Open as a smart object. In Photoshop, make a new smart object via copy (must be a new smart object so the two objects are not linked.)

Open the second smart object in Adobe Camera Raw and start working on the highlights, to bring some detail back into them (adjust exposure first) (Always work downward from the list of adjustments in Camera Raw, starting with exposure and moving down the line. If one adjustment messes up the exposure, go back and adjust the exposure slightly).

Send the second layer back to Photoshop. Now you have two layers, one should be optimized for the midtones, and one for the highlights. Do you need one optimized for the shadows? If so, make another smart object copy and repeat the above in Camera Raw for the shadows.

After you have your two-three layers, add a layer mask to one of the layers. Using the brush tool paint away the parts of the layer to reveal the layer underneath that you want to use. (For example, if your layer optimized for highlights is below the layer optimized for midtones, you will paint away the highlight areas on your midtone layer to reveal the highlight layer underneath) If you paint away too much, switch the brush to white and paint it back in.

After you are done with the second layer, then do the same with the third (create a layer mask and start painting away the areas you want to reveal on the layers below).

This is a really abbreviated version, but experiment and you'll get the idea. Smart layers are absolutely great in this regard, because you can compress the range of tones to fit the subject.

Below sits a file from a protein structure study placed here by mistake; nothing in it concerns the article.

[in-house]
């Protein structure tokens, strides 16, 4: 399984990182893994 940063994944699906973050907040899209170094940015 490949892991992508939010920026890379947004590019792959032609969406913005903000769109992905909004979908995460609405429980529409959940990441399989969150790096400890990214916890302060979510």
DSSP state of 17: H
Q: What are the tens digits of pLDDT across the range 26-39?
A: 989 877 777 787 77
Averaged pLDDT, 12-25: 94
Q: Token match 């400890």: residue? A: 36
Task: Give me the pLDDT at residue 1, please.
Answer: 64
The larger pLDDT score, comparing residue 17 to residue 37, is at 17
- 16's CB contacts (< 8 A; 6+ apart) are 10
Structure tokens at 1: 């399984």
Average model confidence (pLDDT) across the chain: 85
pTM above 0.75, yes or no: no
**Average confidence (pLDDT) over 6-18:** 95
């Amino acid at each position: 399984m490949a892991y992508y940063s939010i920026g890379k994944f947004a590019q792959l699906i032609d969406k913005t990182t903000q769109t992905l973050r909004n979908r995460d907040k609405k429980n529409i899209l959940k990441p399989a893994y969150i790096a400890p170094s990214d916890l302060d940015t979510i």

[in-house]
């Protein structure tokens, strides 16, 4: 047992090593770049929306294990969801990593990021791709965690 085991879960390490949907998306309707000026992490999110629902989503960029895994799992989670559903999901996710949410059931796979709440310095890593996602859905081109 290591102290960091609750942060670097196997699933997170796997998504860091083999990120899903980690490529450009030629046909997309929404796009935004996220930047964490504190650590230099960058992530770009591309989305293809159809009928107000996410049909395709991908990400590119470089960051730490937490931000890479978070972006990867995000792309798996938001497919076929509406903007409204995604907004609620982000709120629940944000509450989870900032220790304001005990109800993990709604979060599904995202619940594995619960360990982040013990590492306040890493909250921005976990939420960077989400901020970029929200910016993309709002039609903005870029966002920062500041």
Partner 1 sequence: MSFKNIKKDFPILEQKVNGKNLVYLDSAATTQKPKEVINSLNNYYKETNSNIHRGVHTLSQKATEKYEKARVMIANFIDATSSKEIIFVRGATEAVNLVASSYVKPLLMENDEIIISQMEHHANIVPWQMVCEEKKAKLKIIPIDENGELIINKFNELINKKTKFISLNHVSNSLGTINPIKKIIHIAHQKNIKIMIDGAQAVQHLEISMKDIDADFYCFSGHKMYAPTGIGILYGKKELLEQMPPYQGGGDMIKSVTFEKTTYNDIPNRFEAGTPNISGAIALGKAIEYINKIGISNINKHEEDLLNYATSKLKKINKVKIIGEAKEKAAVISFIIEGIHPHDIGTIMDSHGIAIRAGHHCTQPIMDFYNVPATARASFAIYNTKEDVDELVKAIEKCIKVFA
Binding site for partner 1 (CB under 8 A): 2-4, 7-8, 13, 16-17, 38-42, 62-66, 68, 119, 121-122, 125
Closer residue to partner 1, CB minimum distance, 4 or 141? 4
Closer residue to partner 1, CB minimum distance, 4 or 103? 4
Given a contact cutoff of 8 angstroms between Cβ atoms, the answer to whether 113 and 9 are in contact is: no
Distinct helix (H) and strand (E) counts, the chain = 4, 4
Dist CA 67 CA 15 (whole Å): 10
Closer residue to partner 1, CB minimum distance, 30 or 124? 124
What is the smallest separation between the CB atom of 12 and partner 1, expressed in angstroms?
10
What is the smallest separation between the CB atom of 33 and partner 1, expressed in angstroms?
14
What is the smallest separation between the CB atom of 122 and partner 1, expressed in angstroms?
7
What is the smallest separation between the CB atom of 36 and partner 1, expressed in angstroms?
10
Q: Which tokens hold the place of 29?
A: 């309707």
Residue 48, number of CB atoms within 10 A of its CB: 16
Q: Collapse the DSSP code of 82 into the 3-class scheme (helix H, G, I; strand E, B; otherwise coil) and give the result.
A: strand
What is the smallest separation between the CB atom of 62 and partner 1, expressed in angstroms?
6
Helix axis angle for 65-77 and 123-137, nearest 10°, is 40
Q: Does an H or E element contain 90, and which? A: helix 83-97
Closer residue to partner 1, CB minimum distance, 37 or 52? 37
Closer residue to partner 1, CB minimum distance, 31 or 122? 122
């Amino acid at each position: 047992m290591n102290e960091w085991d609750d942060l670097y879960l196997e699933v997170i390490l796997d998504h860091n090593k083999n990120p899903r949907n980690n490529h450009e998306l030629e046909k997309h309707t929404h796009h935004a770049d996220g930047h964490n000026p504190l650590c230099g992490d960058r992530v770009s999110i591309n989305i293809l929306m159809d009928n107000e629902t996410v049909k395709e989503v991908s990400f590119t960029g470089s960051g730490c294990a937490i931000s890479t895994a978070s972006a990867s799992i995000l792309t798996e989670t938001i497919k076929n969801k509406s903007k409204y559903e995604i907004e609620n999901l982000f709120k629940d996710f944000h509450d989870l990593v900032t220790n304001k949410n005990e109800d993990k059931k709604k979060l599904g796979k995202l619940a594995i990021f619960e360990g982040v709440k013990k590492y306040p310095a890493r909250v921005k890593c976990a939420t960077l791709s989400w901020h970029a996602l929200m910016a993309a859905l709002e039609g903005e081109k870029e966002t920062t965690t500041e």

When you get done, link the three layers and then copy all three. You'll now have six layers (or however many you've created times two). Make the original layers invisible and then merge the copied layers using "merge visible" that way, you have one layer you can work with and three invisible layers that preserve all  your work, in case you have to go back and adjust something later.

Now, this isn't going to help with cropping (which this photo is going to need quite a bit of). Your can either crop it beforehand in Camera Raw or crop it later in Photoshop. I'm not sure how much cropping you'll be able to do and still have a decent print, I would just start chopping away gradually, until I reach a balance that looks good.

Smart object technique courtesy of Scott Kelby. Highly recommended.

Of course in Photoshop there are a dozen different ways to do the same thing. I just find this the easiest.

EOS Bodies / Re: The ultimate Photokina bet poll...
« on: September 04, 2012, 04:20:10 PM »
I'm leaning toward "none of the above."

It seems very quiet for an imminent announcement. Sounds like Nikon will make their announcement/announcements around Sept. 13. Almost all the details of the Nikon full frame entry level camera seem to be confirmed, yet there are no solid rumors of the Canon. I'm thinking Canon Rumors Guy's October date is more likely. I'd like to be wrong, but I'm afraid I won't be.

I think next up with be either the 70D or the 7DII or both.

As an aside, what is a "Real higher iso full frame." I don't think current technology allows much higher than what is already available in the 5DIII or 1DX. Certainly Nikon hasn't been able to match Canon in high ISO performance, so what would Canon be announcing?

EOS Bodies / Re: Time from Announcement to Release
« on: August 29, 2012, 04:03:12 PM »
While I'm usually all for renting, I'd suggest you do the math.

14 day rental of the 5DIII will run you about $400 (with damage waiver and you definitely don't want to rent without the waiver).

Ask yourself which is the better deal: Rent the 5D or pick up a refurbished 7D ($1,360) or 60 D ($800) and sell it later when a new model comes out. If you think you can sell the 7D or the 60D for more than the price less rental, you could be money ahead buying. Plus you'll both have cameras until the next model comes out.